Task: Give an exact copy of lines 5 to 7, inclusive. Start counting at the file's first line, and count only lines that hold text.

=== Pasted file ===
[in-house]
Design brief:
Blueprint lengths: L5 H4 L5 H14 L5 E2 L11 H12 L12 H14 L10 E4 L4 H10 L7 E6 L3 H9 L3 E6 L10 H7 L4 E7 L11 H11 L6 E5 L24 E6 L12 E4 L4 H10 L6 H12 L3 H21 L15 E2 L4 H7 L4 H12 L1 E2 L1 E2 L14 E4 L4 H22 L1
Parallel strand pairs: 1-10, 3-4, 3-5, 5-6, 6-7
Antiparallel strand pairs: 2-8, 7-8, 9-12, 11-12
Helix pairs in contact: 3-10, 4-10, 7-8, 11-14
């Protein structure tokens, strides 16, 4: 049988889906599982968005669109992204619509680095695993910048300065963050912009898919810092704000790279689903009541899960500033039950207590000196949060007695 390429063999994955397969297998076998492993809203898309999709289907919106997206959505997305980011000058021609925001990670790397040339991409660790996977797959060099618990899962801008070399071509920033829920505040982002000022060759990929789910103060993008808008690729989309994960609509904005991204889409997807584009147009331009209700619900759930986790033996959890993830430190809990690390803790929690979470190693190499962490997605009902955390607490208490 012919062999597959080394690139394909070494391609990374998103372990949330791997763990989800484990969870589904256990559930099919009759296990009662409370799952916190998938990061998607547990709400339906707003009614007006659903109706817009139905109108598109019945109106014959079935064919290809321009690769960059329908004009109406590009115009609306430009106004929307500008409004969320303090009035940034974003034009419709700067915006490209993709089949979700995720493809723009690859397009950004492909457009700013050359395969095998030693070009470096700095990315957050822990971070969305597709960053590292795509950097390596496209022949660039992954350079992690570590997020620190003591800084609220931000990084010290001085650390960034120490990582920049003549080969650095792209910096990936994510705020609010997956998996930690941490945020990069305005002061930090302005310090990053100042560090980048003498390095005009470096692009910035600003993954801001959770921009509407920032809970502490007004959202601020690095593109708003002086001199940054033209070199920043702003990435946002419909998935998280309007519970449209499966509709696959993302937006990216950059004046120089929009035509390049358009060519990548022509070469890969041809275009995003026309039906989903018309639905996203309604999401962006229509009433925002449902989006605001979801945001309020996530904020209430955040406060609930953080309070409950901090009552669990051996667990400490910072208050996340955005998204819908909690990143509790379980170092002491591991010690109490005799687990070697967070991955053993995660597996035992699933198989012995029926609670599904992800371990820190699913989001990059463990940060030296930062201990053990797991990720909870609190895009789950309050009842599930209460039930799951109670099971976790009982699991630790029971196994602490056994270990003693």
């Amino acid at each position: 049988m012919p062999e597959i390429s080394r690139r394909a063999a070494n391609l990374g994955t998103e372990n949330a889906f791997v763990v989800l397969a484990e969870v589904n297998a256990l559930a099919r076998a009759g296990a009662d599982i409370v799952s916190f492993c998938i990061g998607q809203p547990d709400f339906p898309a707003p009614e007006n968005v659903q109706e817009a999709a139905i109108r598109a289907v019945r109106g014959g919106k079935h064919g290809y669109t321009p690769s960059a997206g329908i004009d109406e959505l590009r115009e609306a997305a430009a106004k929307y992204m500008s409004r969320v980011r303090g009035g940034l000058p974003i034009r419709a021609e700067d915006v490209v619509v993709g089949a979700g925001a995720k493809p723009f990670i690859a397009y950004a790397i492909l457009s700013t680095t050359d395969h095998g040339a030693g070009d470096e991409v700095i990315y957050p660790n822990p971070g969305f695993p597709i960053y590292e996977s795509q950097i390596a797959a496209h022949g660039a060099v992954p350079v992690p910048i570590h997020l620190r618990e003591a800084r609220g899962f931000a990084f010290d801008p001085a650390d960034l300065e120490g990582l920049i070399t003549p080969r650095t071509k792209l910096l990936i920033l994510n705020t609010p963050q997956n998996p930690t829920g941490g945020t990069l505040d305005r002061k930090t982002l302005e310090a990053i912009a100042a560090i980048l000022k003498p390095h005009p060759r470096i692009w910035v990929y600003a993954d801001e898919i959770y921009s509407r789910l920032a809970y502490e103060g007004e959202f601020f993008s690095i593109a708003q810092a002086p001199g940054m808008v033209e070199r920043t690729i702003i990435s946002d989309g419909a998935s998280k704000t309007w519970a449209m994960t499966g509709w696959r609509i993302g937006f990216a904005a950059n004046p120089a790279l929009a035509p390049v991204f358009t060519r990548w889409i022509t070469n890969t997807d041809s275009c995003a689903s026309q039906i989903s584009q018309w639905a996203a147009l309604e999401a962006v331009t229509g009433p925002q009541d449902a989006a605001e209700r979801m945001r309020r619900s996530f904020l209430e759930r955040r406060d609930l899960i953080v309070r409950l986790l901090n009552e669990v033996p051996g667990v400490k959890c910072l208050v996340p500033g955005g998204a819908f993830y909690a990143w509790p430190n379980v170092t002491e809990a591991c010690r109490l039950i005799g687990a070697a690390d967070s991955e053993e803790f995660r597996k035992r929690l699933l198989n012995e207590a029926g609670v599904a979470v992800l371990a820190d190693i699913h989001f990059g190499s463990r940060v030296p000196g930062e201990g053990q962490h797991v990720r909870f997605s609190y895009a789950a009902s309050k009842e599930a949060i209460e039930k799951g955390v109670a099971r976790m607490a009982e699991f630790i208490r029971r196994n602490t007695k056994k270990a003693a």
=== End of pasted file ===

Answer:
Antiparallel strand pairs: 2-8, 7-8, 9-12, 11-12
Helix pairs in contact: 3-10, 4-10, 7-8, 11-14
């Protein structure tokens, strides 16, 4: 049988889906599982968005669109992204619509680095695993910048300065963050912009898919810092704000790279689903009541899960500033039950207590000196949060007695 390429063999994955397969297998076998492993809203898309999709289907919106997206959505997305980011000058021609925001990670790397040339991409660790996977797959060099618990899962801008070399071509920033829920505040982002000022060759990929789910103060993008808008690729989309994960609509904005991204889409997807584009147009331009209700619900759930986790033996959890993830430190809990690390803790929690979470190693190499962490997605009902955390607490208490 012919062999597959080394690139394909070494391609990374998103372990949330791997763990989800484990969870589904256990559930099919009759296990009662409370799952916190998938990061998607547990709400339906707003009614007006659903109706817009139905109108598109019945109106014959079935064919290809321009690769960059329908004009109406590009115009609306430009106004929307500008409004969320303090009035940034974003034009419709700067915006490209993709089949979700995720493809723009690859397009950004492909457009700013050359395969095998030693070009470096700095990315957050822990971070969305597709960053590292795509950097390596496209022949660039992954350079992690570590997020620190003591800084609220931000990084010290001085650390960034120490990582920049003549080969650095792209910096990936994510705020609010997956998996930690941490945020990069305005002061930090302005310090990053100042560090980048003498390095005009470096692009910035600003993954801001959770921009509407920032809970502490007004959202601020690095593109708003002086001199940054033209070199920043702003990435946002419909998935998280309007519970449209499966509709696959993302937006990216950059004046120089929009035509390049358009060519990548022509070469890969041809275009995003026309039906989903018309639905996203309604999401962006229509009433925002449902989006605001979801945001309020996530904020209430955040406060609930953080309070409950901090009552669990051996667990400490910072208050996340955005998204819908909690990143509790379980170092002491591991010690109490005799687990070697967070991955053993995660597996035992699933198989012995029926609670599904992800371990820190699913989001990059463990940060030296930062201990053990797991990720909870609190895009789950309050009842599930209460039930799951109670099971976790009982699991630790029971196994602490056994270990003693």